The Department of Homeland Security (DHS) revealed Friday that over 1000 businesses across the U.S. have been targeted by a cyber attack that allows hackers to steal personal data from customers’ debit and credit cards. Some of the biggest names that have been hit include Target, Supervalu, and UPS.
The hackers started using a malware called Backoff in October 2013. Backoff’s method has been to pillage the memory contents of cash registers, referred to as point of sales (POS) systems and grab data from credit cards. The malware can observe keyboard strokes and interact with remote servers.
On July 31, the Department of Homeland Security, the Secret Service, Communications Integration Center, and National Cybersecurity all informed companies to scan their POS systems to see if they had been infiltrated by the Backoff virus and its variations, such as goo, MAY, net, and LAST. None of the viruses were detectable by anti-virus programs.
Although the programs needed to detect the Backoff malware are available now, DHS is telling businesses to inform their IT team, managed service provider, antivirus vendor, and cash register system vendors to ascertain whether their systems have been attacked or are vulnerable to attack. The Secret Service is getting involved as well and offering its aid. The Secret Service is convinced that hackers are scanning corporate systems to find their way in to the systems; some vulnerable points appear to be vendors with remote access to the payment system of the business or workers for the company working off-site. Once the hackers find a way in to the system, they use computers to guess username and password combinations ad infinitum until they find the combination.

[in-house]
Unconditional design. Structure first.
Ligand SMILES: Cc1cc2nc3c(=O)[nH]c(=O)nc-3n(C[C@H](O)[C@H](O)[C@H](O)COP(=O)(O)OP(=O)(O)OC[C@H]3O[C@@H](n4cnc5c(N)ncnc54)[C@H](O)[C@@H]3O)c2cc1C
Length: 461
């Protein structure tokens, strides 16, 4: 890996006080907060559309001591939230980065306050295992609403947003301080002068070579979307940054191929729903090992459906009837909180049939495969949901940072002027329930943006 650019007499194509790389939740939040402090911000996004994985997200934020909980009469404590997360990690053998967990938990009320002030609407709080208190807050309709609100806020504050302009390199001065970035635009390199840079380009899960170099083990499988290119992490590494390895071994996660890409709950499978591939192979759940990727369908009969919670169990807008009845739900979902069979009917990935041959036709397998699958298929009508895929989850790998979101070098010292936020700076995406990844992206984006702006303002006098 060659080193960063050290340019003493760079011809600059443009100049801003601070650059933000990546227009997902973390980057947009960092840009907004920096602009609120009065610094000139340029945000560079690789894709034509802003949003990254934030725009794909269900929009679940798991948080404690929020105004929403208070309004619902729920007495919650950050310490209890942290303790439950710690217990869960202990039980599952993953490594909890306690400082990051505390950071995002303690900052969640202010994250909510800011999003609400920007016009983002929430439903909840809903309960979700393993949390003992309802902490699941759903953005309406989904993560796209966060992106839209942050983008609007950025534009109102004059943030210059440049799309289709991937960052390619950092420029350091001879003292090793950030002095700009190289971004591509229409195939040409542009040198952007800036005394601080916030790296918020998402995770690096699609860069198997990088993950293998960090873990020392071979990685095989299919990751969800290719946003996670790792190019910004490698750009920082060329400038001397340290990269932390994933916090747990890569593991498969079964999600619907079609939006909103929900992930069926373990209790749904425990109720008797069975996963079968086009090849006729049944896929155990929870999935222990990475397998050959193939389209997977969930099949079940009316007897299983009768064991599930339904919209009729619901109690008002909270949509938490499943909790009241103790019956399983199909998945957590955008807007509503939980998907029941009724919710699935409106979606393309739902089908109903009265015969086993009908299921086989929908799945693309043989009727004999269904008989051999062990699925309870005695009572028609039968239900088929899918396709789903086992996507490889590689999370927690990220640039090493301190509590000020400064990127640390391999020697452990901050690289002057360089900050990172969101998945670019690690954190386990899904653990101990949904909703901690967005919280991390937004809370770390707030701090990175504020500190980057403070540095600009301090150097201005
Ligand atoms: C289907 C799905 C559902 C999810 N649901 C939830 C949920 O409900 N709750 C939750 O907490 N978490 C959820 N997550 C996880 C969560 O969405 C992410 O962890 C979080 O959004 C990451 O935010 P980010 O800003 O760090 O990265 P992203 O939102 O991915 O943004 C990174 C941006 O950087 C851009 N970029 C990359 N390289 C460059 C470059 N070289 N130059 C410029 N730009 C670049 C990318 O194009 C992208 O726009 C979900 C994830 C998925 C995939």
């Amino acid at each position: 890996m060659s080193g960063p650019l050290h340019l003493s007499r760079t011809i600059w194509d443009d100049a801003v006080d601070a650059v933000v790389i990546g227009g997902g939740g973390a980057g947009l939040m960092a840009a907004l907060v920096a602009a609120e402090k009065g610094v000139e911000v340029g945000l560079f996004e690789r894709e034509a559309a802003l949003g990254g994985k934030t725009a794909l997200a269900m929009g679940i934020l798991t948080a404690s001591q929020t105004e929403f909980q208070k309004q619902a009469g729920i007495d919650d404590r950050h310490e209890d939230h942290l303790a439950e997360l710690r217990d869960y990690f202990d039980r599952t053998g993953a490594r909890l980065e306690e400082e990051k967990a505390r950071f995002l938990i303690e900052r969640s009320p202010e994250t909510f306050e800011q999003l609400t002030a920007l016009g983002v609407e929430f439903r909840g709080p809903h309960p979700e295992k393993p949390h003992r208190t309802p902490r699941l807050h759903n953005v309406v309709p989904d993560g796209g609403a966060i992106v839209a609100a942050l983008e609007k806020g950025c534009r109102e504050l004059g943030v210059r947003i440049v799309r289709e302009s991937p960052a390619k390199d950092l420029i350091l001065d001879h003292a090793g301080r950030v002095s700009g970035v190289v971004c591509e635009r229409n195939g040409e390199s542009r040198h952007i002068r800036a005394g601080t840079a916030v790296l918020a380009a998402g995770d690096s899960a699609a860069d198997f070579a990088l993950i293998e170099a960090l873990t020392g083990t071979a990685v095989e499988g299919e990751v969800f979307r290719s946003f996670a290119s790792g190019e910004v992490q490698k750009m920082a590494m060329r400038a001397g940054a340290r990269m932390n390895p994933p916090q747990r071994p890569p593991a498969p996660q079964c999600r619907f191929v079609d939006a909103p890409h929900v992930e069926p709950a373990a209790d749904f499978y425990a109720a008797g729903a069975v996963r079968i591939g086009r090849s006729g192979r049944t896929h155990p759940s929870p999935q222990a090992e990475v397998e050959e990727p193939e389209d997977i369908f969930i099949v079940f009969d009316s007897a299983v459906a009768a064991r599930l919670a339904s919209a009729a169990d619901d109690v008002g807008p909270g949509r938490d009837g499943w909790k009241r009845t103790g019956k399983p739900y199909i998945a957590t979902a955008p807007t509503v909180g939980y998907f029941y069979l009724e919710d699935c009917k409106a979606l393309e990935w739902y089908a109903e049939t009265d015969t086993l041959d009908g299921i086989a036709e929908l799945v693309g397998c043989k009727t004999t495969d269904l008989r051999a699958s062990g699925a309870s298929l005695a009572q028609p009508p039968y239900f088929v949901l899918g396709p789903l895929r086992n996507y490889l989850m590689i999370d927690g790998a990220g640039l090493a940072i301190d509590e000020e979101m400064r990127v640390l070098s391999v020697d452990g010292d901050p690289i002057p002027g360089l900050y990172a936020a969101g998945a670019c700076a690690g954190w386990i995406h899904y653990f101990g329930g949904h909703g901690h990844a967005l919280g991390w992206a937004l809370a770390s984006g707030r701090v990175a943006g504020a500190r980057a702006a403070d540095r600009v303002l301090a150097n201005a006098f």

Once the hackers get into the systems, they obtain financial data from them and ship it to foreign servers. Because identifying Backoff only occurs if the businesses mount an active search for it, DHS and the Secret Service advise companies to cut the number of employees or vendors who can access their internal data networks and to use long and complex passwords. Another recommendation was lock vendors and employees out of their accounts if there were numerous failed login attempts.
An additional guideline was that businesses should separate cash registers from corporate data networks and install two-factor authentication. Two-factor identification forces employees/vendors to enter a one-time password (OTP) as well as a username and password. The one-time password then is given to the mobile phone or email ID registered with the account. One final guideline was for companies to encrypt the payment details of customers as soon as they use their credit cards.
The cyber-attack on Target stores meant millions of debit and credit card customers gave up their private information. Both Supervalu, which stated roughly 180 stores were hit by the virus, and UPS, with 51 stores hit, admitted they had been successfully hit.